“Yet year after year,
It’s the same routine
And I grow so weary
Of the sound of screams
And I Jack, the pumpkin king,
Have grown so tired of the same old thing.”
Although it’s probably been about ten years since I last watched this, as soon as the opening credits began, I was immediately transported back, and everything felt so completely familiar. Watching the film on a surprisingly undamaged VHS (quite possibly the tape I’ve had longest in my collection – this is one of the few films I’ve owned since my childhood), I couldn’t help but be impressed at just how good The Nightmare Before Christmas is. I liked it as a kid, but as an adult I really appreciate the nuance of it, notice the little details that fill every scene (this time around, I noticed that the Christmas Land folk have pet penguins).
Of course, this is the most quintessentially Tim Burton picture around. His name is synonymous with the film, and its glorious gothic expressionism and unconventional protagonists are so completely and utterly Burtonesque that it seems to exemplify the contemporary auteur’s style even more than Edward Scissorhands. Yet, of course, this is not a Tim Burton picture – not really. In fact, he didn’t even write the screenplay, though the story and characters are based on his concepts. Yes, this is Henry Selick’s picture, and the director has created a vast, rich world, one that he came very close to matching in Coraline some fifteen years later. Tim Burton finally created his own feature-length stop-motion world in 2005 with one of his many collaborations with Johnny Depp, Corpse Bride, and ironically that film never comes close to reaching the same levels of immersive gothic fantasy that Selick’s creations inspire.
The story is probably well known to most people. Jack Skellington, the pumpkin king, has led the inhabitants of Halloween Town in another successful, scare-filled holiday, but is having a mid-life crisis. Knowing that he’s great at his job, nevertheless he craves something new, and finds inspiration when he accidentally stumbles into Christmas Land. Overwhelmed by the concept of laughter, joy, and happiness, he returns to his home and announces his plans to do Christmas this year. Yet despite their enthusiasm, the townspeople are incapable of looking beyond their own nature, and their attempts to recreate Christmas with the inevitable Halloween influence are wonderfully misguided, transforming the happiest time of the year into something horribly disturbing. People expect to be scared on Halloween, but no one expects their holiday wreath to kill their granny. (On a side note, they should be praised for managing to organise any kind of Yuletide celebrations in such a short time frame – they start after Halloween, and most shops now begin in September at the latest.)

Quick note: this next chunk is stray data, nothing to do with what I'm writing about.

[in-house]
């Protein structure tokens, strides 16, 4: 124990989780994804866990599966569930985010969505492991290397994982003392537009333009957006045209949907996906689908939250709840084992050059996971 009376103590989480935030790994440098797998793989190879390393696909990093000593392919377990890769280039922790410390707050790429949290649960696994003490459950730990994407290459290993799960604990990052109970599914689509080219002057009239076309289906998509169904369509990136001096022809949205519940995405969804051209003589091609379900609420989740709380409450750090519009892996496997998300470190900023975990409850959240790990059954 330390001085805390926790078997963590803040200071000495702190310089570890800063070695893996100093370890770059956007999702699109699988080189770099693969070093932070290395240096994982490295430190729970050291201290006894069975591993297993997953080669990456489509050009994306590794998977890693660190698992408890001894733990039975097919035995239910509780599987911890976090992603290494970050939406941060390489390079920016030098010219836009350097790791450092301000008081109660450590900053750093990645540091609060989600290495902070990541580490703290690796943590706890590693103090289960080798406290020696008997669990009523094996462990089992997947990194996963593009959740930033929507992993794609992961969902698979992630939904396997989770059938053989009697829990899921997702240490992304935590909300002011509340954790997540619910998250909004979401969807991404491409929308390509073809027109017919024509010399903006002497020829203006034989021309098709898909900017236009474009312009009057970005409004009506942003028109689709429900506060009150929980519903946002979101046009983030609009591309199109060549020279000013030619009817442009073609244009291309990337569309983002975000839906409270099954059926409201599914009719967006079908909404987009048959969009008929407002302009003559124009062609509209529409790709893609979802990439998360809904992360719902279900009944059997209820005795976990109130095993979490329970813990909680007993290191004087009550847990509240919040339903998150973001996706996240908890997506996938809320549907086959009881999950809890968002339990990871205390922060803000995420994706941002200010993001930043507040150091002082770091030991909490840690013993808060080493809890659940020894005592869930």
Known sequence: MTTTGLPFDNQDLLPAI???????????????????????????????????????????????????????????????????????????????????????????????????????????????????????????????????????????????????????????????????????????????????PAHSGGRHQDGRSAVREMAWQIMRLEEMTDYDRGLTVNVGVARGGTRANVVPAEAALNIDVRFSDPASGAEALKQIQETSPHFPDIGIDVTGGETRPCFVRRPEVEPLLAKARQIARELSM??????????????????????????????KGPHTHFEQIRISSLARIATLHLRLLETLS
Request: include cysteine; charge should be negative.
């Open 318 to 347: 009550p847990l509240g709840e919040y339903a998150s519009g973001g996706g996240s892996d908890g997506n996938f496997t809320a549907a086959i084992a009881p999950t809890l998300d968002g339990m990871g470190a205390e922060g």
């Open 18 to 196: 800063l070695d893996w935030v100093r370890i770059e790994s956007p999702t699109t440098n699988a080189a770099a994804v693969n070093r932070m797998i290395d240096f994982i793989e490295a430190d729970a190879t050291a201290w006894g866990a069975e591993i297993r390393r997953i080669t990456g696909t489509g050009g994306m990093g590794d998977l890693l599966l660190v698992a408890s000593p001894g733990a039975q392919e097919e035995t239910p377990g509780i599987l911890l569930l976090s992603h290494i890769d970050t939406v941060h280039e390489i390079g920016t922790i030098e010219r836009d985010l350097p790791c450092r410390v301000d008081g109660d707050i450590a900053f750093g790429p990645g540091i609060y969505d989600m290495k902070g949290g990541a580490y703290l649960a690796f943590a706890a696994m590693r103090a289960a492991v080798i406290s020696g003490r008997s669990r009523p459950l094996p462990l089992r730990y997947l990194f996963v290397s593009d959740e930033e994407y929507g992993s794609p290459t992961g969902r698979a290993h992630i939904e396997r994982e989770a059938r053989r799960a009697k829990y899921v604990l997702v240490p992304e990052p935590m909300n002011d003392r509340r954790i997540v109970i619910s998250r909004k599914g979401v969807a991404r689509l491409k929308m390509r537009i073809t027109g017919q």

Jack is understandably the most iconic character in the film, and props to Selick and his animators for bringing such a warmth and emotion to what is essentially a skeleton. When he first lands in Christmas Land – the warm colours, cosy homes and twinkling lights in stark contrast to the grey, almost-monochrome world of Halloween Town – his amazement and sense of wonder is instantly conveyed. With only the slightest change in eye-socket-size, Jack Skellington is vulnerable, terrifying, childishly enthusiastic, and world-weary. The rest of the characters are afforded just as much care and attention. Halloween Town is filled with all the creatures and grotesquerie that your nightmares can conceive – all the Universal monsters are present in some guise, and there’s a wonderful array of new characters too. Among my favourites, it’s hard not to love the Mayor, with his alternating faces, and Oogie Boogie, the only real villain in the film, and one of my favourite villains in general. His jazz-inspired number, gambling with the captured Santa Claus’s life, is wonderfully catchy, and genuinely intimidating.
This brings me onto the final point – the music in The Nightmare Before Christmas. While there has(understandably, I would say) been a critical backlash towards Tim Burton in recent years, and also with his continuing collaborations with people who once seemed inspired and now appear unoriginal and lazy, composer Danny Elfman is a perfect match for the unconventional filmmaker. A household name – a rarity for screen composers – Elfman’s soundtrack is perfect here, bringing real emotion to the little stop motion characters on screen. And it’s perhaps surprising to realise just how much of a musical this is – in fact, almost the entire story is relayed in song, and Elfman’s score permeates every scene regardless, bringing life and atmosphere to both Christmas Land and Halloween Town alike.
Although today The Nightmare Before Christmas has become slightly tainted by the over-saturation of film-related products – it’s become one of the ultimate “alternative” films for angsty youngsters, and for a while it seemed like every emo or goth came complete with a Jack Skellington backpack – ignoring all the merchandising and paraphernalia, the film itself remains a triumph. It’s a small world, filled with big characters with even bigger plans, yet at its core, it’s a tender romance, and a film about accepting who you are, about learning to embrace your own natural weirdness. As morals go, it’s a pretty good one.